Mindfulness has been defined variously, as a set of skills, as an ongoing process, and as an outcome of ongoing practice [1], [2]. In a comprehensive review of mindfulness theory, Bishop et al. [3] proposed that mindfulness encompasses present-moment attention awareness and acceptance of emotional, cognitive, and perceptual experiences. This basic operational definition is offered as a unifying model of the construct and is consistent with early descriptions of mindfulness in scientific literature [4]. Other models of mindfulness emphasize distinct theoretical facets (e.g., description, non-reactivity, non-distraction) and presume a dispositional approach to measurement [5], [6]. Indeed, a notable limitation of many empirical mindfulness studies is that the relevant skills are measured on a dispositional level alone [7], [8]. The primary objectives of the present investigation are to establish that situational measurement can accurately reflect dispositional measures of mindfulness skills, and to demonstrate that dispositional measures of mindfulness skills generalize to a range of situations regardless of personality traits.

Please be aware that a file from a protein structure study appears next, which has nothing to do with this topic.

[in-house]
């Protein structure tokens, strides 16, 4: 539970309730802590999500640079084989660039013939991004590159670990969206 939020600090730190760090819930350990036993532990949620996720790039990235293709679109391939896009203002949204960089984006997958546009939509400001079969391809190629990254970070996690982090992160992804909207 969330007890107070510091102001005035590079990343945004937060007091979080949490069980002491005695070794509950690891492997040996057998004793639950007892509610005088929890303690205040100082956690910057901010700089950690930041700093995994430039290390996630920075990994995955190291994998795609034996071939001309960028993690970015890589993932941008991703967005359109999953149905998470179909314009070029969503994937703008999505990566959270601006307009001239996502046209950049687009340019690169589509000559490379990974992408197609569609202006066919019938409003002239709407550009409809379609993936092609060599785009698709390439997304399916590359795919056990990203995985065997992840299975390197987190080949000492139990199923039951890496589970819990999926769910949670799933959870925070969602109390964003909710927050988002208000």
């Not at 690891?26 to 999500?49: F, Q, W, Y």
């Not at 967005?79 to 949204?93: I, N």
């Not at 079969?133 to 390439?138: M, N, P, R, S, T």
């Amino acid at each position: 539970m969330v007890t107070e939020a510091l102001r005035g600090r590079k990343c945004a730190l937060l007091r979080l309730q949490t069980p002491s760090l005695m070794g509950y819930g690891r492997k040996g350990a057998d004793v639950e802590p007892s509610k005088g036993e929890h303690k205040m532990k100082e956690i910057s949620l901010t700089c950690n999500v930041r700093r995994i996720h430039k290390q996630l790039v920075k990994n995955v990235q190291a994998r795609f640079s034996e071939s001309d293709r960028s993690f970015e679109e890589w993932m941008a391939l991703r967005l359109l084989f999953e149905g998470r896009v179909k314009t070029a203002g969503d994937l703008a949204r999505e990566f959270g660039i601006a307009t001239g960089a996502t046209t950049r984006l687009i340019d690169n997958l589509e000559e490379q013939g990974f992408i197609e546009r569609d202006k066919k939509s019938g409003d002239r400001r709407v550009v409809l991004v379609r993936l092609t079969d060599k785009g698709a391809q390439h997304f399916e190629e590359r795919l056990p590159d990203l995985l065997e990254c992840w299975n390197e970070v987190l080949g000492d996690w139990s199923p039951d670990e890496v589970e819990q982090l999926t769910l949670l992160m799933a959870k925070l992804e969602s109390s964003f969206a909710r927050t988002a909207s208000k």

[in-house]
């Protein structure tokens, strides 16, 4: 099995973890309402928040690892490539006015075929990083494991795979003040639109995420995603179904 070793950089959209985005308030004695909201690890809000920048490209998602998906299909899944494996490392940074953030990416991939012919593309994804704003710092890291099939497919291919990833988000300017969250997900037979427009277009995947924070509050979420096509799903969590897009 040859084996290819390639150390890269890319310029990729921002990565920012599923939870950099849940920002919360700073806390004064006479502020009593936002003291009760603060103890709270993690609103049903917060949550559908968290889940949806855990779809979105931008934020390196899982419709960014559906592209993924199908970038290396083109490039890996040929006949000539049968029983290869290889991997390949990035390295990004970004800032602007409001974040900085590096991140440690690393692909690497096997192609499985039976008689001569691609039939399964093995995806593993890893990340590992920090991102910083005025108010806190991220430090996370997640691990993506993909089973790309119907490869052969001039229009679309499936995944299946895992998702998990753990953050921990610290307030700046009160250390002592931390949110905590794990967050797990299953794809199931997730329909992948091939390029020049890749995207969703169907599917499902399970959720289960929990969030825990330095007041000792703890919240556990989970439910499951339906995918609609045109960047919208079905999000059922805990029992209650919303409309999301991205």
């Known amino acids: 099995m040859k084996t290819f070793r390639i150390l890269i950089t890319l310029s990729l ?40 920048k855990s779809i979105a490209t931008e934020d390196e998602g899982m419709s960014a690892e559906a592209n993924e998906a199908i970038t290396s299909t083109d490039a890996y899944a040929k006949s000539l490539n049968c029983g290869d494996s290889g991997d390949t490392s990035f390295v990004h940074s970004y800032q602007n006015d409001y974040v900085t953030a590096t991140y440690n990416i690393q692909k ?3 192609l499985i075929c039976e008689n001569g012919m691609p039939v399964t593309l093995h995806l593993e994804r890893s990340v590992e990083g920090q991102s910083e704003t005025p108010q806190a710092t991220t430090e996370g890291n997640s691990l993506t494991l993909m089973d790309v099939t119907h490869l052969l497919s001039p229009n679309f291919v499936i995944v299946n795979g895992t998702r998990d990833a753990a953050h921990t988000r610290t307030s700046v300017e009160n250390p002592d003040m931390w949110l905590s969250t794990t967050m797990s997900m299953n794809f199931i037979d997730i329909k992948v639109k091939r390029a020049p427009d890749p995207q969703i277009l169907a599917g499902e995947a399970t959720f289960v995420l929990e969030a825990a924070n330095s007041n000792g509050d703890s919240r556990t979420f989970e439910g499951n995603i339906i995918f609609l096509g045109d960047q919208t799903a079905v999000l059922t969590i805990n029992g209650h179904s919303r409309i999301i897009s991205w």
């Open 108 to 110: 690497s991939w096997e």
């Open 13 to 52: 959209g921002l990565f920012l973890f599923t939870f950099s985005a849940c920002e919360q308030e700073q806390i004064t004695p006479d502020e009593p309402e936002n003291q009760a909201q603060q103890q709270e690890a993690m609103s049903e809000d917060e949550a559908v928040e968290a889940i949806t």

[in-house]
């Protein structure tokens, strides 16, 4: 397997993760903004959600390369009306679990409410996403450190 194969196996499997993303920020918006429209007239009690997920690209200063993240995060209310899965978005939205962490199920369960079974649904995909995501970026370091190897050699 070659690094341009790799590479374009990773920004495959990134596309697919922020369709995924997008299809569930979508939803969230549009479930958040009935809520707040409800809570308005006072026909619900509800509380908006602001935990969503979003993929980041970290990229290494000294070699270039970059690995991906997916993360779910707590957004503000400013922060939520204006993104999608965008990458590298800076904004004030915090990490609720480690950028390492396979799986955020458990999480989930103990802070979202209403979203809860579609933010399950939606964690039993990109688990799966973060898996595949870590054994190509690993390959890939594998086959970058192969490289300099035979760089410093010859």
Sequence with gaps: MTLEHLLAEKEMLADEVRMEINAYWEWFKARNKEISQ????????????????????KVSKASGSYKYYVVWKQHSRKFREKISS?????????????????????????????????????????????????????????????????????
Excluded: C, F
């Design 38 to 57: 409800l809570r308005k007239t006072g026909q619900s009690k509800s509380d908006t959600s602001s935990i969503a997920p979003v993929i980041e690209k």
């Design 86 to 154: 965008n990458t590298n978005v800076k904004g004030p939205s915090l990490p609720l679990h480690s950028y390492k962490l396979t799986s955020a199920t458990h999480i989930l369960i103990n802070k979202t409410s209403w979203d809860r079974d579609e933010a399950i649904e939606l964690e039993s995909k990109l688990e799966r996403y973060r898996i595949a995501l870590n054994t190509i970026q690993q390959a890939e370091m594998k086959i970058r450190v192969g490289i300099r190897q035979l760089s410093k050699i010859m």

Self-report mindfulness questionnaires have been central to many investigations pertaining to both theory and intervention development. These questionnaires have not only increased in popularity but also withstood psychometric scrutiny. Two prominent examples of such measures are Baer, et al.’s [5] Kentucky Inventory of Mindfulness Skills (KIMS) and Hayes et al.’s [9] Acceptance and Action Questionnaire (AAQ). The KIMS separates mindfulness into component processes based on a clinical intervention [10]. This questionnaire comprises four factors (observing, describing, acting with awareness, and accepting without judgment) that represent separate but related skills. The AAQ was developed to measure an individual’s tendency toward experiential avoidance: an unwillingness to remain in contact with negatively evaluated private events, and subsequent behaviors intended to alter the form or frequency of these experiences [5], [6]. Experiential avoidance is considered the antithesis of mindful acceptance. There is support for the reliability and validity of these questionnaires [8], [11]. However, the degree to which they generalize to situational processes has not been as thoroughly investigated. In keeping with this notion, mindfulness measurement should occur at both the dispositional and situational level. Incongruence between dispositional and situational assessment would be problematic for theory and empirical research.